Zero Waste Explained

Zero Waste Explained



Let’s start simple.


In elementary school I’m sure you (along with everyone else)were taught the three R’s: Reduce. Reuse. Recycle. It was a way to instill in us as children the importance of being aware of how much waste we created and how to dispose of it properly, for our environment’s sake.


Zero Waste is… a stronger, broader version of this teaching. It isa lifestyle focused on drastically minimizing how much waste you produce. This lifestyle opposes all waste including plastic waste, clothing, food, electronic waste, and more.


I’m sure you’ve heard of this lifestyle before. In fact, I’m sure the number of times you’ve seen this word has increased significantly. More and more people are understanding the important of cutting down the amount of waste they create, especially harmful waste like plastics or toxins. Why?


Every year the human species dumps about 2.12 billion tonnes of waste into our planet. On land, water and in our atmosphere. That number already is the highest it’s ever been in recorded history. But on-top of that, there is even more to think about.The advancement and integration of technology into our lives in recent decades has of course many benefits but it’s important to be aware of the harm it causes to our environment. Contents of the current waste that are being dumped are plastic, electronic waste, hazardous materials/substances, toxins, heavy metals. These contents are being dumped into landfills more than ever before.


In 2022, the rise of technology and especially social media/online shopping has made it incredibly easy to over consume. With consistent advertisements as well as the influencers we follow, it seems at times that you just think of a product and immediately an ad with a promotional code pops up on your phone pushing you to buy it.


Getting caught up in overconsumption is a huge factor in how we’ve gotten to this place of massive pollution. Our planet is becoming so overconsumed, there are waste patches of debris like The Great Pacific Garbage Patch (a system of debris and garbage double the size of Texas) that float through our oceans,as the waste has nowhere to go. On land, it doesn’t seem much better as waste in landfills directly contribute to climate change.Greenhouse gases (carbon dioxide, methane, etc.) are constantly being emitted from the waste in landfills into our atmosphere and ecosystem as it decomposes.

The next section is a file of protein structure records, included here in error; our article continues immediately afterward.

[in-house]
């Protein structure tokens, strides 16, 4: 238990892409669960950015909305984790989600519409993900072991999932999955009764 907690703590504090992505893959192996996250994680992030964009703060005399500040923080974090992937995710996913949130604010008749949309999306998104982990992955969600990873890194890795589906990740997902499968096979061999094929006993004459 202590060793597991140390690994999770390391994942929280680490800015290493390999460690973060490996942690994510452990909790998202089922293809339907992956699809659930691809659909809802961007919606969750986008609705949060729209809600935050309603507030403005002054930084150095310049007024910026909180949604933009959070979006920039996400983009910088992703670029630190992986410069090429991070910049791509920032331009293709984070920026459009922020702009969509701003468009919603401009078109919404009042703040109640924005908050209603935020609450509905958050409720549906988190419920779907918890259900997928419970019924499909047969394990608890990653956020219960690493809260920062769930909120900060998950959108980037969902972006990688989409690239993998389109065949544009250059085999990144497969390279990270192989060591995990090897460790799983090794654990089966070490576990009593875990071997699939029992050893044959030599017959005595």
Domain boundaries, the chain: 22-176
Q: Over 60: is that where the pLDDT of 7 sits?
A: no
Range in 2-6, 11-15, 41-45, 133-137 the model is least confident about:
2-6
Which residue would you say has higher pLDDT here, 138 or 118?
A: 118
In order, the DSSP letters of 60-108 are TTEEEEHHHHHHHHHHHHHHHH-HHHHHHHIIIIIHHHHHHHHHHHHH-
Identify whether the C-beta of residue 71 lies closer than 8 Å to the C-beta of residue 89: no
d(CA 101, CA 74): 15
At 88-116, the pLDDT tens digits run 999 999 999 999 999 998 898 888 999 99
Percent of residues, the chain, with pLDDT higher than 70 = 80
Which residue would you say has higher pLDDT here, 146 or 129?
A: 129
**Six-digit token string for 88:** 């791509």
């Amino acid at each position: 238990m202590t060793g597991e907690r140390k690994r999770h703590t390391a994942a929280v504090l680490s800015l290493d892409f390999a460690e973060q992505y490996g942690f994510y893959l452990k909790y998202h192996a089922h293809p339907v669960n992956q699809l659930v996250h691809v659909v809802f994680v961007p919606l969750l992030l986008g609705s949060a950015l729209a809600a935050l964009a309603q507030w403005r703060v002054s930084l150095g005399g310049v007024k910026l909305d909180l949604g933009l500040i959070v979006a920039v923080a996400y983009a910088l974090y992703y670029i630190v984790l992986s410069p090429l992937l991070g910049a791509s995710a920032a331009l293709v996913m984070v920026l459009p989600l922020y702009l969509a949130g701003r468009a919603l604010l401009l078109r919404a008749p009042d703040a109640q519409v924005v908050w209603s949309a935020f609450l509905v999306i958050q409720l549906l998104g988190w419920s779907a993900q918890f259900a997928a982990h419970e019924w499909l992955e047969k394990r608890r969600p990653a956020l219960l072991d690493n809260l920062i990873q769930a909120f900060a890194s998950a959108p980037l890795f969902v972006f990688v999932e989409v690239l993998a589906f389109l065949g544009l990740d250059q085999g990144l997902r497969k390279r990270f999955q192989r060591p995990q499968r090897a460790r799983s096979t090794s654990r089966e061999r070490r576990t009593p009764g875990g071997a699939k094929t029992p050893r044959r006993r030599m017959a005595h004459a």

Pretty bad, right? I mean, to put it lightly.


Living a Zero-waste lifestyle and generally being more conscious about your consumption is a great contribution to fighting climate change and aiding our planet’s help.


Here’s some things to help you get started.


First off, be aware of the media you are taking in. Again, you are constantly being influenced to shop and more times than not, shop for things you don’t need. Clean out your social media by making sure you are following brands that align with your eco values. Supporting small and local businesses are great, as well as following brands that are focused on creating sustainable products and having ethical ways of working. You can check outsome of the brands we follow (and us!) on our social medias at @peeledpantry.


When you do shop, before you purchase, really think about if this product will bring you the most use compared to another product. For example, if you are looking for a new shampoo, it’s easy to go into the haircare item, be overwhelmed with the options, and buy the first thing that looks alright. But focus on sustainability. Rather than yet another shampoo in a plastic bottle, find a shampoo in a glass bottle! Not only is glass less harmful to the planet than plastic, but you will be able to repurpose this bottle infinitely. This shampoo bottle can later become you water bottle, a storage jar, a space for plant propagation and much more. On our Instagram there are some reels you can check out that show the different uses of our shampoo and conditioner bottles. Some stores like ours, even have money back programs. This is where after you make a purchase you can return the bottle back and get some money back! You can find more here on our Return+Earn program.


Substitute single-use for reusable, cut down, make the most out of what you have before rebuying, and give back when you can. To offset some of their waste or other environmental harm;people will have gardens, donate to greater environmental causes, and get involved in making their communities more sustainable. There’s always something you can do to cut your pollution down, it’s just a matter of putting the work in.



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